Homegrown also marked the season opener for the Earth Rider Festival Grounds on its “Soup Town night,” Thursday, May 4. With temperatures hovering in the mid-40s and a brisk wind off the Lake that produced even colder windchills, I witnessed Emily Haavik and the 35s and Boku Frequency practically freezing their fingers off before I myself sought a warmer venue. Boku’s Terry Gums provided Jimi Hendrix-style guitar licks while Thomas Harris’s high tenor vocals brought to mind Smokey Robinson. Hopefully the weather will warm up now that we have this added venue available for our springtime performances.

Some solo performances I was fortunate to enjoy were Mike Smišek, performing as Slope City, on Monday, May 1 at Studio Four in the Depot and Adam Moe at Sir Ben’s on Tuesday, May 2. Smišek is something of a balladeer with a fine Glen Campbell-type tenor voice. He played original romantic tunes with a subtle swing on both acoustic and electric guitars. I appreciated many of his well-crafted lyrics with lines like “say goodbye to the life you could have had.” He was joined by Isaac Valley playing the cello on several songs, which enhanced their emotive qualities.

NewBerrigan at Ursa Minor

Adam Moe also played all original tunes, in this instance with acoustic guitar. His “Limpin’ Home” was a catchy tune that enumerated some regrets, while his brand-new composition, “Can’t Always Find What You Need,” included some well-done skat. (He’s something like a Roger Miller redux! And I am a big Roger Miller fan.)

In addition to the many official Homegrown gigs, there were several spin-offs shows that provided the many musicians in town the opportunity to jam together. Jacob Mahon hosted several lunch-hour performances at Duluth Coffee on Superior Street with brother Owen and a rotating list of peers such as Russ Sackett, Clifton Nesseth, Colleen Myhre (Boss Mama), and Sonja and Lee Martin.

Another was the “Clancy Ward Collective” that provided sweet background entertainment to Aaron Reichow’s exhibit of his 2022 Homegrown photographs, shown at the DECC on Tuesday, May 2. Clancy was joined by Sarah Cagley, Adam Staub, Harrison Olk and the ever-present Jacob Mahon. Photographer Reichow has a great eye for color and composition and with his specialty being musicians in performance, he might be on his way to being the Elliot Landy of Duluth.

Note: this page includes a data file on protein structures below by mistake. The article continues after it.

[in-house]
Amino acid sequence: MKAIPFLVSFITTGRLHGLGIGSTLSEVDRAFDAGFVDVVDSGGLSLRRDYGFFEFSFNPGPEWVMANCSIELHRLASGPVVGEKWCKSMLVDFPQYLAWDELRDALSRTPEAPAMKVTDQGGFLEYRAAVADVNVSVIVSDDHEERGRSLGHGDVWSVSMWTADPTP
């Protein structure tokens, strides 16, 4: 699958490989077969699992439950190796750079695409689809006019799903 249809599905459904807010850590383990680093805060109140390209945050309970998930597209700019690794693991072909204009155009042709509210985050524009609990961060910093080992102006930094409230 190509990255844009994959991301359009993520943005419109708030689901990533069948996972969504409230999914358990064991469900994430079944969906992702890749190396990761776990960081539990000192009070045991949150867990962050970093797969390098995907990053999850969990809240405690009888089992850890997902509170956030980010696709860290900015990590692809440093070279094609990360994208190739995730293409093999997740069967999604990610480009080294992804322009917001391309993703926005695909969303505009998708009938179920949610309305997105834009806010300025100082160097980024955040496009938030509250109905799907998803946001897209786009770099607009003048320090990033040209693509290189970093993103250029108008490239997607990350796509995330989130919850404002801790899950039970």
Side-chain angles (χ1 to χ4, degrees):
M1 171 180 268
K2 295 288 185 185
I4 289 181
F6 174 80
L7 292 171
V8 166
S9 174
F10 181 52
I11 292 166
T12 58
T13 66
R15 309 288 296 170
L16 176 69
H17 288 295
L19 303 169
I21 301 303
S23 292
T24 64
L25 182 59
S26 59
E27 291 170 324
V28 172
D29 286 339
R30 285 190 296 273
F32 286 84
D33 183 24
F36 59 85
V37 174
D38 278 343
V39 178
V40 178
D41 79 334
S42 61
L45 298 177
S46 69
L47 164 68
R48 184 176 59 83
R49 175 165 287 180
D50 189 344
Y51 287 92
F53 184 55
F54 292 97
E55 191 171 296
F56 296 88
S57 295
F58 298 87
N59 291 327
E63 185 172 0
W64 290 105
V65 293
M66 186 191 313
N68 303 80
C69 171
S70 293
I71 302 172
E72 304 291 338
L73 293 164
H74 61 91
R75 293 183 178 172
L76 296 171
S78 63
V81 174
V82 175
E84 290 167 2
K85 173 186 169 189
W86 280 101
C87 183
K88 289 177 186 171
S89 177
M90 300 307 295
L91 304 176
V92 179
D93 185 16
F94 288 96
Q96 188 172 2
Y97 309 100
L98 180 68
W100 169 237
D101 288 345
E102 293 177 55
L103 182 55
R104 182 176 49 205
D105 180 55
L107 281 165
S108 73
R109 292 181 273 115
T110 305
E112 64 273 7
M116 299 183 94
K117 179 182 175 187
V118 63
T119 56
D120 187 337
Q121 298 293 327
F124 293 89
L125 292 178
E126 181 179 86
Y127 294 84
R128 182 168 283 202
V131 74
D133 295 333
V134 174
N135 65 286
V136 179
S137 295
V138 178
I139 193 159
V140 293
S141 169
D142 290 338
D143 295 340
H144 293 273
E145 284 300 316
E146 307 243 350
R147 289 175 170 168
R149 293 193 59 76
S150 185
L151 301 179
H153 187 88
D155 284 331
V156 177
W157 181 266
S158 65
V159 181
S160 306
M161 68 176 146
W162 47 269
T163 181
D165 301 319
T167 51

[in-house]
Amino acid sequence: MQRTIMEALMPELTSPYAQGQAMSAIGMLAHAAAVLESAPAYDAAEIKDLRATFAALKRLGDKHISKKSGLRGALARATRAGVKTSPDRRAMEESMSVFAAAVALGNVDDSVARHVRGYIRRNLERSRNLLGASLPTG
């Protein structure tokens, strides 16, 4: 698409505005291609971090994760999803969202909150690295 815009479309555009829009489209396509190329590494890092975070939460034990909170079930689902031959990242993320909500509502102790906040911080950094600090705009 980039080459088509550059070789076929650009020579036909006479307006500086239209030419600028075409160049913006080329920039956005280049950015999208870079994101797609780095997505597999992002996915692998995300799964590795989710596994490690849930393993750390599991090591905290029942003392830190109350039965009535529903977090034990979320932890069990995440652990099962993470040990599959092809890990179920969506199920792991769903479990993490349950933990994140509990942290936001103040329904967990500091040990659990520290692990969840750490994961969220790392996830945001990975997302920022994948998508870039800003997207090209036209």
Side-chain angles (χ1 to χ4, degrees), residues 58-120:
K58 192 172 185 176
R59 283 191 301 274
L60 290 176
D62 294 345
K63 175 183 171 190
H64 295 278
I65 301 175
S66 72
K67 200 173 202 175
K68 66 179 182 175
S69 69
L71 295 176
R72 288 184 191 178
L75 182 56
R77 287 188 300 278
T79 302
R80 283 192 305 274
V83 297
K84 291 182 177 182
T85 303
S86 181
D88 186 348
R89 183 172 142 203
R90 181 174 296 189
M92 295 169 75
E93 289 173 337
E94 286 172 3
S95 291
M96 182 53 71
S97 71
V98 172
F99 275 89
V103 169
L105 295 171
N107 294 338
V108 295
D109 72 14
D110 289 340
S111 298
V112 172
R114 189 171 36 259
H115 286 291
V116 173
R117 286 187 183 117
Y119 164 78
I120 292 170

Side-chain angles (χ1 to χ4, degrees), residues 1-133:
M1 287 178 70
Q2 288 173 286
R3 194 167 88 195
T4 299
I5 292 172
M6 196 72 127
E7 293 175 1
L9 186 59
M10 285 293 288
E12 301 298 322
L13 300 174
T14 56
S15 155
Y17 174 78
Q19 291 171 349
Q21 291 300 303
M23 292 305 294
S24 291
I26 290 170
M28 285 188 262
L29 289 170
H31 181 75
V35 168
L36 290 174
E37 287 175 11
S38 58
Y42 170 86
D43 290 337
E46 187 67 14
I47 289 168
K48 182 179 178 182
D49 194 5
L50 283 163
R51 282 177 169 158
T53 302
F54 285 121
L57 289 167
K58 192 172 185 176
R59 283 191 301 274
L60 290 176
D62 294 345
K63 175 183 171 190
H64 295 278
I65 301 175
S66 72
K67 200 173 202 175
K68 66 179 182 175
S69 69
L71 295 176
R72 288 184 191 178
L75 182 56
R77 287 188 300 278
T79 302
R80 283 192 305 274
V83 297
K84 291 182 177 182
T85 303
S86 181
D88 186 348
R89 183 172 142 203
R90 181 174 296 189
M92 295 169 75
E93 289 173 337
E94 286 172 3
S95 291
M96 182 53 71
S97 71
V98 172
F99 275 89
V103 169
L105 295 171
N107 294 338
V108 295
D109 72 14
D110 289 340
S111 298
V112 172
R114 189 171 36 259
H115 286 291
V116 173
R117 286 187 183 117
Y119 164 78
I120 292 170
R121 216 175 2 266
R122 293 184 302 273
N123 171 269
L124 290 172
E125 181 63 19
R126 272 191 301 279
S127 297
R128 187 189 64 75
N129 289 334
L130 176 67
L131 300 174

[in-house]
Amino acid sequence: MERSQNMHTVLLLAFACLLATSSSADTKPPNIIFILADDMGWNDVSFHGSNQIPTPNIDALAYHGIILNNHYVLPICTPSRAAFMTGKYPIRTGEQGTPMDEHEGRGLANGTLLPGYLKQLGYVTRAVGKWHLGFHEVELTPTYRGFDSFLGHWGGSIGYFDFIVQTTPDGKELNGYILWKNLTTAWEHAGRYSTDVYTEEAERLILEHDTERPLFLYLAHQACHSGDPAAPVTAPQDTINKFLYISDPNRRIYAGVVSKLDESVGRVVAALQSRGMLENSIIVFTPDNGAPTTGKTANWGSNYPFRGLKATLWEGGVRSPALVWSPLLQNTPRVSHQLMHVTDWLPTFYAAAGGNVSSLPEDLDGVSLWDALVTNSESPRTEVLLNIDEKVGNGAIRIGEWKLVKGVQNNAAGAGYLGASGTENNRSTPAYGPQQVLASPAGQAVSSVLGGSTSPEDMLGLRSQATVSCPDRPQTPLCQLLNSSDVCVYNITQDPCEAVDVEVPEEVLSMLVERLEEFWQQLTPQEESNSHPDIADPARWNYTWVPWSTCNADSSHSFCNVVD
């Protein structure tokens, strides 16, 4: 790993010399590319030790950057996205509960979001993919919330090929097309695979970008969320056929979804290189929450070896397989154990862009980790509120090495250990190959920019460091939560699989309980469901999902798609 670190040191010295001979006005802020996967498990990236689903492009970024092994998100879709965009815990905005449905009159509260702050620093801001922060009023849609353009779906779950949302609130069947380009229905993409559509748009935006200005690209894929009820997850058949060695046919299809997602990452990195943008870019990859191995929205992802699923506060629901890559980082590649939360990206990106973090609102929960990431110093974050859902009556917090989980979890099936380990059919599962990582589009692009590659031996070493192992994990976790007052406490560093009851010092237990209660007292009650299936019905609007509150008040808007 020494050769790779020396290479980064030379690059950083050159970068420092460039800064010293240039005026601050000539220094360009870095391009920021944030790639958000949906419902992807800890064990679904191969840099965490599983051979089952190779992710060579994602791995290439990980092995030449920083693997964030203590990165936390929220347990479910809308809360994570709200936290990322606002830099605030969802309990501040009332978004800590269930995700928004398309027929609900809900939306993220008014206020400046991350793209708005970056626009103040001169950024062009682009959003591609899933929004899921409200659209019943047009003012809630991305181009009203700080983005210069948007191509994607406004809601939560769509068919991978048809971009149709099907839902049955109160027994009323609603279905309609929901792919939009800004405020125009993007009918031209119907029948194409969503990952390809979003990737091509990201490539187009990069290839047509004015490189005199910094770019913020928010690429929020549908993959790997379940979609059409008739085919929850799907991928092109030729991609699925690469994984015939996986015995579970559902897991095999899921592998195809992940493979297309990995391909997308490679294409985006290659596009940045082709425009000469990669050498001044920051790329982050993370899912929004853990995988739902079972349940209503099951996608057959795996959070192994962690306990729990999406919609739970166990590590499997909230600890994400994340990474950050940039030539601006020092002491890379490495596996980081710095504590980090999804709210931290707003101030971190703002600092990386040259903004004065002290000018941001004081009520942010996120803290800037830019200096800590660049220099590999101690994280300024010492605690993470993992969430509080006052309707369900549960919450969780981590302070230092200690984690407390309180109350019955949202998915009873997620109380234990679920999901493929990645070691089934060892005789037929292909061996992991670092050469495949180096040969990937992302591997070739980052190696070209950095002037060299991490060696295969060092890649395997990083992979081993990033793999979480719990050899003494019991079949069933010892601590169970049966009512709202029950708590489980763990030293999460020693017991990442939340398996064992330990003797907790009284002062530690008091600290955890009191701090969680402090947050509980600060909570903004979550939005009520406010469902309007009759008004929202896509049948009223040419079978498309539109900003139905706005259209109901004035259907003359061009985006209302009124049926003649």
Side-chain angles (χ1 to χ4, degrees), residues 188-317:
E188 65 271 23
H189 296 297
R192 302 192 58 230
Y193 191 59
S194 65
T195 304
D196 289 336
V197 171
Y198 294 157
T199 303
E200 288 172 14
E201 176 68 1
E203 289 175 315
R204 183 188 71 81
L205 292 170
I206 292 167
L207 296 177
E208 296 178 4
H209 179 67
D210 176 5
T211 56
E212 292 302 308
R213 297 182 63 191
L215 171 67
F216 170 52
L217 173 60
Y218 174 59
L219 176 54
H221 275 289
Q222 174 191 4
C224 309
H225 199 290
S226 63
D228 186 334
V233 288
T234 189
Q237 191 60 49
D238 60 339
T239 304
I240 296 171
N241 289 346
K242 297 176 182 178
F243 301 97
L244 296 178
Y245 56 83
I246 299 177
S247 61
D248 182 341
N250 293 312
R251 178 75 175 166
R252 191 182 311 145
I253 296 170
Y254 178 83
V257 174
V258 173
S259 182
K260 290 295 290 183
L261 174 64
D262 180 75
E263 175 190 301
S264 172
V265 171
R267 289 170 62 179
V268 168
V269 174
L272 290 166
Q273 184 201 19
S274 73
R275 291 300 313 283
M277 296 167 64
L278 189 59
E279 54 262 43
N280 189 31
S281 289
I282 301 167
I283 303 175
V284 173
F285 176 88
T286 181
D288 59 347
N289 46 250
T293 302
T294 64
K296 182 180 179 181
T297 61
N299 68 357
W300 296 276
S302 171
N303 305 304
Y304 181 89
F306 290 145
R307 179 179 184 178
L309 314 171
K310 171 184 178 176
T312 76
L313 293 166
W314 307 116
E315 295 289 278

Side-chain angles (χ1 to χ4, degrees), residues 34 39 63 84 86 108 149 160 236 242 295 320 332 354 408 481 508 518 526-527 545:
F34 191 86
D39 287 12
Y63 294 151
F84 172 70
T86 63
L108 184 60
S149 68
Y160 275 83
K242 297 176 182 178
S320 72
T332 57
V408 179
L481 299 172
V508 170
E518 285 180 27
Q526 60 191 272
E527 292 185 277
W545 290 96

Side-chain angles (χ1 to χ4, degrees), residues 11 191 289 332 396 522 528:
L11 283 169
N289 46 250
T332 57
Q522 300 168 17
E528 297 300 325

Rich Mattson and the Northstars at RT Quinlan's

So what stood out for me this year? My favorite “new” band (which was formed in 2018 but only plays once a year at Homegrown for cripes sake) was NewBerrigan playing at Ursa Minor Brewing on Monday, May 1. This is my idea of great rock and roll, the kind I just can’t resist dancing to. That performance was followed by Shane Nelson, with Rick Bruner on drums and Steve Netzel on bass. Shane has become a consummate performer, putting everything out there as he plays mostly original compositions. He ended by covering the Dire Strait’s hit, “Sultans of Swing,” nailing the riffs of one of the greatest rock and roll guitarists ever.

Other favorites I got to see were Fenestra Funk with Michael Schell wailing on sax on Tuesday evening at the DECC Arena and Misisipi Mike Wolf at Zeitgeist Teatro. MM played both solo and numbers with several friends on this Friday evening. And I must say he has blossomed into a confident and compelling performer with a full range of silly, stirring and profound compositions to his credit. And then there was Rich Mattson and the Northstars demonstrating just what a real rock and roll band performance is all about with its wall of sound and Rich’s signature kick.

I wish I had the time and space to fully flesh out the many other shows I attended and appreciated during this year’s festival but this will have to do. There were several performances I heard about and wish I would have seen, among them the “Mass” performed by Robot Rickshaw at Sacred Heart Music Center. By all accounts it was a real happening with a “communion” that was a sharing of sour dough starter! (The light show projected onto the apse was beautiful and, in this case, appropriate; it should be employed frequently for contemporary music events here.) Nor could I squeeze into the Jade Fountain long enough to take in the full sound installation that was Tim Kaiser’s offering. I heard that Fuzz Lung was not to be missed either, but I did.

I found it fitting that Father Hennepin, led by Scott “Starfire” Lunt, ended its show at Sacred Heart with the good ol’ jugband tune “I Like It In Duluth” thereby echoing the sentiments of most all the musicians that took part in this year’s Homegrown festival. Now onto Duluth Dylan Fest in just a couple weeks!

A Band Called Truman at RT Quinlan's